Stop Bacon Splatter

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When you cook bacon on the stove, you can stop the splatter of grease on your stove and your hands and arms by putting a wadded up paper towel in the pan with the cooking bacon. The paper towel will absorb the excess grease as the bacon cooks. Add a second towel if you need to. When the bacon is cooked and the pan and the grease cooled; remove the towel and throw it away. I have been doing this for many years, and it never fails.


By Lizzyanny from Pacific Northwest

Bacon frying in ban with a wadded up paper towel and little grease.

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August 11, 20112 found this helpful

Gosh, I would have thought something like that would catch on fire! I will have to try it. I hate the mess that bacon splattering makes on my stovetop.

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August 11, 20110 found this helpful

That's a good point Eric. Bacon grease has a flash point (the temp at which it ignites) of 450 degrees. It has to be very hot and smoking to catch fire. Any oil or grease can be overheated and smoke or catch fire. I don't cook bacon at a very high temperature.


I am not sure why anyone would cook at a temperature that would cause grease to catch fire, but it is a good thing to be aware of. Bacon grease heated above 450 degrees will catch fire with or without a paper towel. Thanks for you input.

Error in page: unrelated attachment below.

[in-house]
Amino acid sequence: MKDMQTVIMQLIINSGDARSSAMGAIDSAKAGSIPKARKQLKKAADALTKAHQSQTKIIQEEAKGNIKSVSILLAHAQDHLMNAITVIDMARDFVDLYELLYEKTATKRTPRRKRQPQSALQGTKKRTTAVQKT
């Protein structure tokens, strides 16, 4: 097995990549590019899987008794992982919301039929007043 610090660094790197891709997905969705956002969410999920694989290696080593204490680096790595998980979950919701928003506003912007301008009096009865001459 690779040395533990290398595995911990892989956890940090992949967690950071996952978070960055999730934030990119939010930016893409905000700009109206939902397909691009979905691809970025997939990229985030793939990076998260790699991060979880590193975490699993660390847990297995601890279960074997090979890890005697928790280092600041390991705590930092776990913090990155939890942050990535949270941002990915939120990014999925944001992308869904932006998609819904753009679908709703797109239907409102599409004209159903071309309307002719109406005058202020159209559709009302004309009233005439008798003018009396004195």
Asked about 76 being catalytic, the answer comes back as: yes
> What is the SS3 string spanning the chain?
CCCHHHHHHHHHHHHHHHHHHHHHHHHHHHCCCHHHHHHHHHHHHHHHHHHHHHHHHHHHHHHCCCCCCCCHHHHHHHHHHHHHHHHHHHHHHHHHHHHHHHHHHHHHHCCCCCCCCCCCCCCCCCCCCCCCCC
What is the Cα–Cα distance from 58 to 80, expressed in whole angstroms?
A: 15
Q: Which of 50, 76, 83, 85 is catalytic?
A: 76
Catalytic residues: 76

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August 11, 20111 found this helpful

You can also flour the bacon slices before cooking them and it helps with shrinkage and doesn't have as much grease. Good way to stretch out the bacon, old trick. Some may say you should not eat the flour and the grease, but, what is bacon besides 90% fat. It's the flavor people crave.

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August 11, 20113 found this helpful

I save very drop of bacon grease I can to cook with. Yes, I know it isn't good for you. And I don't use it every day. Mom always said "Eat what you like, only not much of it " So when I make green beans, sauerkraut or cornbread, I use bacon grease...can't beat it for taste.


When cooking bacon , bake it in the oven for less shrinkage and save the bacon grease in the fridge in a covered container. GG Vi

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January 16, 20140 found this helpful

The problem with that is some toxin chemicals are used to process paper towels and could be transferred to yor food. I'll pass on that one.

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